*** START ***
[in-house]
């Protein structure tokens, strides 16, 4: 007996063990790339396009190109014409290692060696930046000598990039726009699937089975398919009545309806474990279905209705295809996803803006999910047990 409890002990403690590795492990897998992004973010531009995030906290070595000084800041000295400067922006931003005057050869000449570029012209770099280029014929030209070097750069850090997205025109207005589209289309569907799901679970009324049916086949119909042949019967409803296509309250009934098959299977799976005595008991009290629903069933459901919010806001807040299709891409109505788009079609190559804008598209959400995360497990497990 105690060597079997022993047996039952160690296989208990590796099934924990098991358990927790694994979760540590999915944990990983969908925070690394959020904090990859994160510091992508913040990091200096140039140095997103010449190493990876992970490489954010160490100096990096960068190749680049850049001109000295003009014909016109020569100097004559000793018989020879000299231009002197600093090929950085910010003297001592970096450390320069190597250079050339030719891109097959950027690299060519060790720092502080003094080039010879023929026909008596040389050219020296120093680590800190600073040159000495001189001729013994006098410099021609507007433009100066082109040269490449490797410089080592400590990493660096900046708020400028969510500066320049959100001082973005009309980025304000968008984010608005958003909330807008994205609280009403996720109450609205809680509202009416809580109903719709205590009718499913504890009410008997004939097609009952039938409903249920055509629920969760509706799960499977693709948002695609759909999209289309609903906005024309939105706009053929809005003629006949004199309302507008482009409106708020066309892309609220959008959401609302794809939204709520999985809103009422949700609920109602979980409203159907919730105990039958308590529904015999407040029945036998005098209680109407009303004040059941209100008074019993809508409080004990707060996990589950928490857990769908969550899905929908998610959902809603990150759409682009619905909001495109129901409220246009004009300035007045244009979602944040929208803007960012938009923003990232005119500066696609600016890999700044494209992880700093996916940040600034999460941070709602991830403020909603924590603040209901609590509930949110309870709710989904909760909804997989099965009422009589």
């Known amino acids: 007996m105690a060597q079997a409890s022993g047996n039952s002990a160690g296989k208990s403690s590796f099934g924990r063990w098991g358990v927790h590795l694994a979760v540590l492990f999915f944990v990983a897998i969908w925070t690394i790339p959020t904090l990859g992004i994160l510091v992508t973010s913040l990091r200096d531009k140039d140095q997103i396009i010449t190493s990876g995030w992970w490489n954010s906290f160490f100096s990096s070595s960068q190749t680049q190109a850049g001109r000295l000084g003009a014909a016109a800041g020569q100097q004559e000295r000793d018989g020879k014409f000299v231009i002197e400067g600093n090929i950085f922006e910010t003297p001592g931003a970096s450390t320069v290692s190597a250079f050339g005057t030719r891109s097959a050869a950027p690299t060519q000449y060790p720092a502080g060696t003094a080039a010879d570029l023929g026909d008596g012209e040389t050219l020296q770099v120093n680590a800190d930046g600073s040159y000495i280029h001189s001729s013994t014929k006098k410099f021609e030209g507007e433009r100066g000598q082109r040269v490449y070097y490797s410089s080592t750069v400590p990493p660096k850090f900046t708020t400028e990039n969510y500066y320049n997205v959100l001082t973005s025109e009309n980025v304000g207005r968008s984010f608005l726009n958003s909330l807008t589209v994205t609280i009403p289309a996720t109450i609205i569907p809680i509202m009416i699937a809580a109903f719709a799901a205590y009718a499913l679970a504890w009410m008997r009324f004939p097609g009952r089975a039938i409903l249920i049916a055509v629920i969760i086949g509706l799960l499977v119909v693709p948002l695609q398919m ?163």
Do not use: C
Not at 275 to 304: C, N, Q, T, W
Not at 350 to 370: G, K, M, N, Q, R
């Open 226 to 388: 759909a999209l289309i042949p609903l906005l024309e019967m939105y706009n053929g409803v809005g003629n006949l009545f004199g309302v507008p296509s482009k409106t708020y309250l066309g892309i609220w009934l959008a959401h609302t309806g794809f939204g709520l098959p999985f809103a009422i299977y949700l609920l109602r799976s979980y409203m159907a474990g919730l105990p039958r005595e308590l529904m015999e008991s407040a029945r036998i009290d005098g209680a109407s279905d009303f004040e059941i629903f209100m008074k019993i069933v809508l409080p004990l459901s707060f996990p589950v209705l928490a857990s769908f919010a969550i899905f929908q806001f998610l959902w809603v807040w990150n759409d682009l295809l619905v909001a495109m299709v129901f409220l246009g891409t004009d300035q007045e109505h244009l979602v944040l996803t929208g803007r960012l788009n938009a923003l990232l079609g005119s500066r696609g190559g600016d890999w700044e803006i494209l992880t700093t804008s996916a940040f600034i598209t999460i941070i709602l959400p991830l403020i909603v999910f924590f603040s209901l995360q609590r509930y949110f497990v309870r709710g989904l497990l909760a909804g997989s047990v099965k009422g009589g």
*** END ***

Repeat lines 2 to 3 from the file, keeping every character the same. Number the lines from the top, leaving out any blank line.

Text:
């Protein structure tokens, strides 16, 4: 007996063990790339396009190109014409290692060696930046000598990039726009699937089975398919009545309806474990279905209705295809996803803006999910047990 409890002990403690590795492990897998992004973010531009995030906290070595000084800041000295400067922006931003005057050869000449570029012209770099280029014929030209070097750069850090997205025109207005589209289309569907799901679970009324049916086949119909042949019967409803296509309250009934098959299977799976005595008991009290629903069933459901919010806001807040299709891409109505788009079609190559804008598209959400995360497990497990 105690060597079997022993047996039952160690296989208990590796099934924990098991358990927790694994979760540590999915944990990983969908925070690394959020904090990859994160510091992508913040990091200096140039140095997103010449190493990876992970490489954010160490100096990096960068190749680049850049001109000295003009014909016109020569100097004559000793018989020879000299231009002197600093090929950085910010003297001592970096450390320069190597250079050339030719891109097959950027690299060519060790720092502080003094080039010879023929026909008596040389050219020296120093680590800190600073040159000495001189001729013994006098410099021609507007433009100066082109040269490449490797410089080592400590990493660096900046708020400028969510500066320049959100001082973005009309980025304000968008984010608005958003909330807008994205609280009403996720109450609205809680509202009416809580109903719709205590009718499913504890009410008997004939097609009952039938409903249920055509629920969760509706799960499977693709948002695609759909999209289309609903906005024309939105706009053929809005003629006949004199309302507008482009409106708020066309892309609220959008959401609302794809939204709520999985809103009422949700609920109602979980409203159907919730105990039958308590529904015999407040029945036998005098209680109407009303004040059941209100008074019993809508409080004990707060996990589950928490857990769908969550899905929908998610959902809603990150759409682009619905909001495109129901409220246009004009300035007045244009979602944040929208803007960012938009923003990232005119500066696609600016890999700044494209992880700093996916940040600034999460941070709602991830403020909603924590603040209901609590509930949110309870709710989904909760909804997989099965009422009589």
């Known amino acids: 007996m105690a060597q079997a409890s022993g047996n039952s002990a160690g296989k208990s403690s590796f099934g924990r063990w098991g358990v927790h590795l694994a979760v540590l492990f999915f944990v990983a897998i969908w925070t690394i790339p959020t904090l990859g992004i994160l510091v992508t973010s913040l990091r200096d531009k140039d140095q997103i396009i010449t190493s990876g995030w992970w490489n954010s906290f160490f100096s990096s070595s960068q190749t680049q190109a850049g001109r000295l000084g003009a014909a016109a800041g020569q100097q004559e000295r000793d018989g020879k014409f000299v231009i002197e400067g600093n090929i950085f922006e910010t003297p001592g931003a970096s450390t320069v290692s190597a250079f050339g005057t030719r891109s097959a050869a950027p690299t060519q000449y060790p720092a502080g060696t003094a080039a010879d570029l023929g026909d008596g012209e040389t050219l020296q770099v120093n680590a800190d930046g600073s040159y000495i280029h001189s001729s013994t014929k006098k410099f021609e030209g507007e433009r100066g000598q082109r040269v490449y070097y490797s410089s080592t750069v400590p990493p660096k850090f900046t708020t400028e990039n969510y500066y320049n997205v959100l001082t973005s025109e009309n980025v304000g207005r968008s984010f608005l726009n958003s909330l807008t589209v994205t609280i009403p289309a996720t109450i609205i569907p809680i509202m009416i699937a809580a109903f719709a799901a205590y009718a499913l679970a504890w009410m008997r009324f004939p097609g009952r089975a039938i409903l249920i049916a055509v629920i969760i086949g509706l799960l499977v119909v693709p948002l695609q398919m ?163």